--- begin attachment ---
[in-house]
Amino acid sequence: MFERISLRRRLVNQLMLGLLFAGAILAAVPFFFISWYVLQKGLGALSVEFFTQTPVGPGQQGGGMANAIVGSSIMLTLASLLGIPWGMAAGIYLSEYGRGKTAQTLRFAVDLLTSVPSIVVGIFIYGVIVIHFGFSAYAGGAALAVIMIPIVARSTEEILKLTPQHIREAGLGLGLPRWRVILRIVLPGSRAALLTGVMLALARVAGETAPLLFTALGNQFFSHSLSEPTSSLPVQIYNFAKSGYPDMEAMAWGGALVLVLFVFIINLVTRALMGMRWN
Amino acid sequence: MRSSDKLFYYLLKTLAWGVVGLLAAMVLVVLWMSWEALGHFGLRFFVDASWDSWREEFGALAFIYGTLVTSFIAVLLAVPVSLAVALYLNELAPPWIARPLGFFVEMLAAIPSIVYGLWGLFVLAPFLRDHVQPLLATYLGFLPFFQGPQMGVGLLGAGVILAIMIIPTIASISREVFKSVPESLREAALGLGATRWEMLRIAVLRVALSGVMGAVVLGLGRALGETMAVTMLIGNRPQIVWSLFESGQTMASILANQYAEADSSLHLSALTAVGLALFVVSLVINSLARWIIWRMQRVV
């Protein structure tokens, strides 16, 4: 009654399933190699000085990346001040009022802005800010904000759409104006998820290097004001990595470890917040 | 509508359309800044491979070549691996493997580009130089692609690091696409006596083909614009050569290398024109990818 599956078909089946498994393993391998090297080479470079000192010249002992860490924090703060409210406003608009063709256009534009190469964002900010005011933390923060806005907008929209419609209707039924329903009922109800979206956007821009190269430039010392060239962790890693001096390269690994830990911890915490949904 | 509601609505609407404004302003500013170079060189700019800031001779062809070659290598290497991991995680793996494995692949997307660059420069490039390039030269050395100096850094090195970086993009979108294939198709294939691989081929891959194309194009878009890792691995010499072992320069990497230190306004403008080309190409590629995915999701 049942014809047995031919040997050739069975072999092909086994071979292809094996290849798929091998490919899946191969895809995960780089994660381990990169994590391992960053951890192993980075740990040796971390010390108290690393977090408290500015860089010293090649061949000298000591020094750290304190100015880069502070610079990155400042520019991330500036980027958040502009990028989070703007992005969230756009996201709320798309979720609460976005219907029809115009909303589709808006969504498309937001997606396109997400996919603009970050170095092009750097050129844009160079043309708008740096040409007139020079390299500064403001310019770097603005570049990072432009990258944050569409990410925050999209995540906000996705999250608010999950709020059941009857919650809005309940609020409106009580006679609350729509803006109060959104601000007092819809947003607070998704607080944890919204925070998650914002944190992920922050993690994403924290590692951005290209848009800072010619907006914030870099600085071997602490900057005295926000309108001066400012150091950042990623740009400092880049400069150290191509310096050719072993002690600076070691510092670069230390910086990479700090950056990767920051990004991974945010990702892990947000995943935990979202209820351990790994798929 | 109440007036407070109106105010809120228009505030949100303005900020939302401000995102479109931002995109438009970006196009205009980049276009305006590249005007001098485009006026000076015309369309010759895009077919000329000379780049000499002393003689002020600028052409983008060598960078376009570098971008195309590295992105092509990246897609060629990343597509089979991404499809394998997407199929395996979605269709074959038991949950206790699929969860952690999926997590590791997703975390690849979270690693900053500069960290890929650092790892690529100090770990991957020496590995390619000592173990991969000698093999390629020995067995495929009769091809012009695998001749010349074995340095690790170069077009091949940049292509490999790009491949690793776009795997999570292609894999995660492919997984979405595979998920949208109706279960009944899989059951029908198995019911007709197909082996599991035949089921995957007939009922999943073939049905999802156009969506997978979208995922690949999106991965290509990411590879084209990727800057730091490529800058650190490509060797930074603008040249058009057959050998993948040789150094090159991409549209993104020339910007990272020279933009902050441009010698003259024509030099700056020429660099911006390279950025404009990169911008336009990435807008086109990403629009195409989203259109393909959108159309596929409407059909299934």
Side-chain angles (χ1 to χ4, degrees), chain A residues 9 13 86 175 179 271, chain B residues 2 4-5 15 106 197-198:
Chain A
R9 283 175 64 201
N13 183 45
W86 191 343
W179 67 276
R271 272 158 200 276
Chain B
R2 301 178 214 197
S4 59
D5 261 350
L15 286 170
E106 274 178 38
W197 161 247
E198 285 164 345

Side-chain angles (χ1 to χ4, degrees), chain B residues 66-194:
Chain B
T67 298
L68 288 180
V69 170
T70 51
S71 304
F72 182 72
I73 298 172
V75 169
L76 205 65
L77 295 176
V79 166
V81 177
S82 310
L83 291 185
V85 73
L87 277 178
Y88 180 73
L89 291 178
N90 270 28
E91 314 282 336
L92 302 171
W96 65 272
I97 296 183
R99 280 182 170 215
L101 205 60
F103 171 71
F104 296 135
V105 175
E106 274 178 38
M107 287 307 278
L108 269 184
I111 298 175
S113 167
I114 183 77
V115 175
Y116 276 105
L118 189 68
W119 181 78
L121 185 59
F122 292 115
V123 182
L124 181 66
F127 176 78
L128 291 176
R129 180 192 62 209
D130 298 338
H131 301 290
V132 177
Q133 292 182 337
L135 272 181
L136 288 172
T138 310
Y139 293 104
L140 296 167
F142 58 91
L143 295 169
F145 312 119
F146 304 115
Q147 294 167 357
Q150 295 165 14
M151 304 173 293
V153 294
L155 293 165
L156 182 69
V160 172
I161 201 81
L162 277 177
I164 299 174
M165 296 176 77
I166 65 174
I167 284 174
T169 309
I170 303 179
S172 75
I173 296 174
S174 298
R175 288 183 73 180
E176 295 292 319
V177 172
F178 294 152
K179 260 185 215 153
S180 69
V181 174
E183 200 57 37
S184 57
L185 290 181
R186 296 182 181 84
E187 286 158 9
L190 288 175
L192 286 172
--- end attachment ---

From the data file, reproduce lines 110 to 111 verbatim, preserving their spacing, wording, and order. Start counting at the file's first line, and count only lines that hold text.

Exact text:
L190 288 175
L192 286 172